If you would like to replicate the “first click free” feature in a client-side implementation of a hard paywall we provide the below javascript function tpFirstClickFree() as our suggested solution. It first checks to see if the user came from one of the allowed domains (google.com, twitter.com, facebook.com) and returns “true” if that is the case. When implementing this function, call it before doing the access checking, and if the result of this function is “true” do not perform the access check and allow the browser through to the content without showing the hard paywall.

/**
 * Determine whether the content should be free based on referrer
 * @returns {boolean}
 */
function tpFirstClickFree(){
	// Specify allowed domains or referrer parameters here
	var allowedDomains = [
		/google\.com/,
		/twitter\.com/,
		/facebook\.com/
	];
	if (document.referrer.length > 0){
		for (var i in allowedDomains){
			if (document.referrer.match(allowedDomains[i])){
				return true;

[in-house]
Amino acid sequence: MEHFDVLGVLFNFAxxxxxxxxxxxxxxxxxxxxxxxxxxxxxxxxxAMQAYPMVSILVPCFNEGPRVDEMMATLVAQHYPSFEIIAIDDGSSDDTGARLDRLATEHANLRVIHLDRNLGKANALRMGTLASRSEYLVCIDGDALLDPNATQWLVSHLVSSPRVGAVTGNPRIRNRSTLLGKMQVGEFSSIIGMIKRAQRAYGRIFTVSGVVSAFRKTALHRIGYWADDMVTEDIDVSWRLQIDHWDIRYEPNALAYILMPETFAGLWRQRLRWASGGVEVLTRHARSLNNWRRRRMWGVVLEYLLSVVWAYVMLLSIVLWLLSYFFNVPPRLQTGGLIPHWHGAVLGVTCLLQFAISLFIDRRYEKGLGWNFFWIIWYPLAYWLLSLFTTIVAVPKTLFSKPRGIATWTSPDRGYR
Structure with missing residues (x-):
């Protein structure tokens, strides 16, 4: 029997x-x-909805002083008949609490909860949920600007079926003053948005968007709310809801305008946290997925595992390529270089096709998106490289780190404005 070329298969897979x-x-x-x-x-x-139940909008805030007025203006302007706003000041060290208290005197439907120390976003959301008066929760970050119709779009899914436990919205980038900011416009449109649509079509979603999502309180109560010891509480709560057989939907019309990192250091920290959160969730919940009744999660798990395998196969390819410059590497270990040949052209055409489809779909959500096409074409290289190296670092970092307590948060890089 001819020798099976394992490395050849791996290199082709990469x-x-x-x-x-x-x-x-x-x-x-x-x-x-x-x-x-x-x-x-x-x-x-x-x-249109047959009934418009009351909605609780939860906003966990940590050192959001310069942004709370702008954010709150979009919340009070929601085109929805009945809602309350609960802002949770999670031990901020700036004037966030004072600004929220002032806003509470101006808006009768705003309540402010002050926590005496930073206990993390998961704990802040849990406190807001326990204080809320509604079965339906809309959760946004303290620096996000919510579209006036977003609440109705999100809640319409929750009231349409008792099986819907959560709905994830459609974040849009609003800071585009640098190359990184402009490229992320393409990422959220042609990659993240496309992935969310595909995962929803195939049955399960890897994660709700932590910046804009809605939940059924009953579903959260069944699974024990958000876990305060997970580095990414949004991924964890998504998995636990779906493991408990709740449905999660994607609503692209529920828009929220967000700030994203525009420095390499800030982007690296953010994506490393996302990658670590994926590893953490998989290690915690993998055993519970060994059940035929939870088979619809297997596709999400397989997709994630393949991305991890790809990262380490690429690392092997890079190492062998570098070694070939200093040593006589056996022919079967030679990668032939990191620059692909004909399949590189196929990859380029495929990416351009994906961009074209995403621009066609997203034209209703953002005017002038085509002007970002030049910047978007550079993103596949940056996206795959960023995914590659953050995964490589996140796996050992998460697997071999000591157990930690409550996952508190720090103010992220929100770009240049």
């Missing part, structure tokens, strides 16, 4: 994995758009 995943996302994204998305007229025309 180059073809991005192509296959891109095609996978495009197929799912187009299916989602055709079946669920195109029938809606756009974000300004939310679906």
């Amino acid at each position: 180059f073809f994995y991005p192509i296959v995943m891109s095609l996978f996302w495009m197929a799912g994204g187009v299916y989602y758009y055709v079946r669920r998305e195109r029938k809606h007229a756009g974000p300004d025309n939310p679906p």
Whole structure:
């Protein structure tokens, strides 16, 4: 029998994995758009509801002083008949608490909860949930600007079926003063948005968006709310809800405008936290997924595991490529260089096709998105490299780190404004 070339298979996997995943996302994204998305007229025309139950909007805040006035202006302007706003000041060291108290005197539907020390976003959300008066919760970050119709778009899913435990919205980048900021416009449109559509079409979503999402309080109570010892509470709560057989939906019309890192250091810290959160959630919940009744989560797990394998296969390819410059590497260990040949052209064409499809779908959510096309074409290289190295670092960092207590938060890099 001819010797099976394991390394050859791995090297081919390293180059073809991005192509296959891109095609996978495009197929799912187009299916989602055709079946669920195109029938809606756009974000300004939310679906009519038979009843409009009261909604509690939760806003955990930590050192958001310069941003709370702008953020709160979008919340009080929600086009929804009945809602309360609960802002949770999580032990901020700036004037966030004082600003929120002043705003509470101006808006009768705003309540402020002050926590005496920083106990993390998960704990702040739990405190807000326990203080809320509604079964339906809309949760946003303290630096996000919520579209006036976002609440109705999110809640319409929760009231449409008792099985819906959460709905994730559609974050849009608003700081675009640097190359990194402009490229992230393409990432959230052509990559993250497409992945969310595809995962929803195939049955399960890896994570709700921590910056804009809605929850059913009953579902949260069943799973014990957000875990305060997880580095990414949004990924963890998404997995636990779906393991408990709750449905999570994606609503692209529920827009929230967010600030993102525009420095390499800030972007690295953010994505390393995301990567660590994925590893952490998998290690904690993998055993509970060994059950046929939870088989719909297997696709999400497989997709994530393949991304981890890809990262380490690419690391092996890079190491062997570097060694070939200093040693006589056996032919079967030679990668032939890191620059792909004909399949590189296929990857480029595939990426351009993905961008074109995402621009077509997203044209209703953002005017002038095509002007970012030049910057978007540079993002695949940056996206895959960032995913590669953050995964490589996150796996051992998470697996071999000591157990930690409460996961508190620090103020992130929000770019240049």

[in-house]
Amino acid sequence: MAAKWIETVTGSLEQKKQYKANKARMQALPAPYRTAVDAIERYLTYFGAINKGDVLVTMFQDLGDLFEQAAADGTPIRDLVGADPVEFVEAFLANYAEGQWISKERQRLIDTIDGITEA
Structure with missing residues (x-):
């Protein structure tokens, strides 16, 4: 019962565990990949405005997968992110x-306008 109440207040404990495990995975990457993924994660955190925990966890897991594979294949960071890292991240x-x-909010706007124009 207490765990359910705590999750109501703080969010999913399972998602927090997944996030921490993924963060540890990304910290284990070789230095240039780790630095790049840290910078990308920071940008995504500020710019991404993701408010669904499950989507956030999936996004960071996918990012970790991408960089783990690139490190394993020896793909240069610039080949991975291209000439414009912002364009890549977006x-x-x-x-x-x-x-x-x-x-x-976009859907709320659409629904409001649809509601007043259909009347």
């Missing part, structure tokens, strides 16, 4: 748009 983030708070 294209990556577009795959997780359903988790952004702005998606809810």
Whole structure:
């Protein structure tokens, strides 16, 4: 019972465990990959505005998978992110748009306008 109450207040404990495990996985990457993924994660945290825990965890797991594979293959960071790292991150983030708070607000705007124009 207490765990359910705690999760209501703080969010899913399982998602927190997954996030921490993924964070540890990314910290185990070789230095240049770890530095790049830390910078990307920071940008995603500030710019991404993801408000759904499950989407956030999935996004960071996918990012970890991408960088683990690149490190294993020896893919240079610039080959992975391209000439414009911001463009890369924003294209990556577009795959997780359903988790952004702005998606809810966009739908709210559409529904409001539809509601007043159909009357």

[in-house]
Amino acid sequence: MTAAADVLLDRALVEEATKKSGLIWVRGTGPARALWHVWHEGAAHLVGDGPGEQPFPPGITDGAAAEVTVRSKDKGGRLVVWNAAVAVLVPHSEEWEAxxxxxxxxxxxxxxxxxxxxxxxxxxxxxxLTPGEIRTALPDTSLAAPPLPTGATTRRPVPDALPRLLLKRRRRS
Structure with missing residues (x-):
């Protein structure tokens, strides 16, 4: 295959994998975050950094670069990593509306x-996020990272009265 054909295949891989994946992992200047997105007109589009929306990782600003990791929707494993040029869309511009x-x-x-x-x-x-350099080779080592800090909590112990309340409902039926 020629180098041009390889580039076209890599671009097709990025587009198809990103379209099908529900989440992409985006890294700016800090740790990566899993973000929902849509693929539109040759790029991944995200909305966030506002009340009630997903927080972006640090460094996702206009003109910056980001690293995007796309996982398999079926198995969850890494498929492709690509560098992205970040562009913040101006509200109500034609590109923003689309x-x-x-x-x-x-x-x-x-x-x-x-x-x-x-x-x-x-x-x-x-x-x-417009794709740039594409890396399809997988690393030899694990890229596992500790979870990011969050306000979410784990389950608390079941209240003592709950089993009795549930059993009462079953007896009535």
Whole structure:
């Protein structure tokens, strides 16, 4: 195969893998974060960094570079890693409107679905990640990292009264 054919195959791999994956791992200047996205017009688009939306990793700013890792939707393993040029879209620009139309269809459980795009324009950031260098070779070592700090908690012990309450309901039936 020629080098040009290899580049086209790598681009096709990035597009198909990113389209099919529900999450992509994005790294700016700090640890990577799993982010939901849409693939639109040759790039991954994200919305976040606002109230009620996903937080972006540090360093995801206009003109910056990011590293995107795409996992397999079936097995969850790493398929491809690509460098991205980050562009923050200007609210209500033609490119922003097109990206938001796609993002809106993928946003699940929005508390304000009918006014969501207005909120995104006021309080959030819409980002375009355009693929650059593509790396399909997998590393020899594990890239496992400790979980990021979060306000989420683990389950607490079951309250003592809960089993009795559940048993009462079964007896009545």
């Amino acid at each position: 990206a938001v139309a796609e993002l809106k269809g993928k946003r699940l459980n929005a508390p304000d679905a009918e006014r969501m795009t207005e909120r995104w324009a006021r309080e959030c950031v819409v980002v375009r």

}
		}
	}
	return false;
}

Server-Side REST

Checking access via server side REST is a simple as making a REST call to Piano. See https://dashboard.tinypass.com/api-docs/dist/index.html for further reference docs.

Sending a request to /publisher/user/access/check will check if the specified user's UID has access to the resource in question.

curl https://api.tinypass.com/api/v3/publisher/user/access/check \
	-d 'aid=MODETWOAPP' \
	-d 'rid=RID' \
	-d [email protected]' \
	-d 'api_token=4uRW8r31E3giOYnGLxfKq53yOOyziodoEpi6oBWw'
{
  "code" : 0,
  "ts" : 1432145735,
  "access" : {
    "access_id" : "hgSS9tAdKmKx",
    "granted" : true,
    "expire_date" : 1434822785,
    "resource" : {
      "rid" : "RID",
      "aid" : "MODETWOAPP",
      "deleted" : false,
      "disabled" : false,
      "create_date" : 1415130054,
      "update_date" : 1418720853,
      "publish_date" : 1415130054,
      "name" : "Test Resource",
    }
  }
}

Alternatively, here's the example of the same request using the PHP SDK: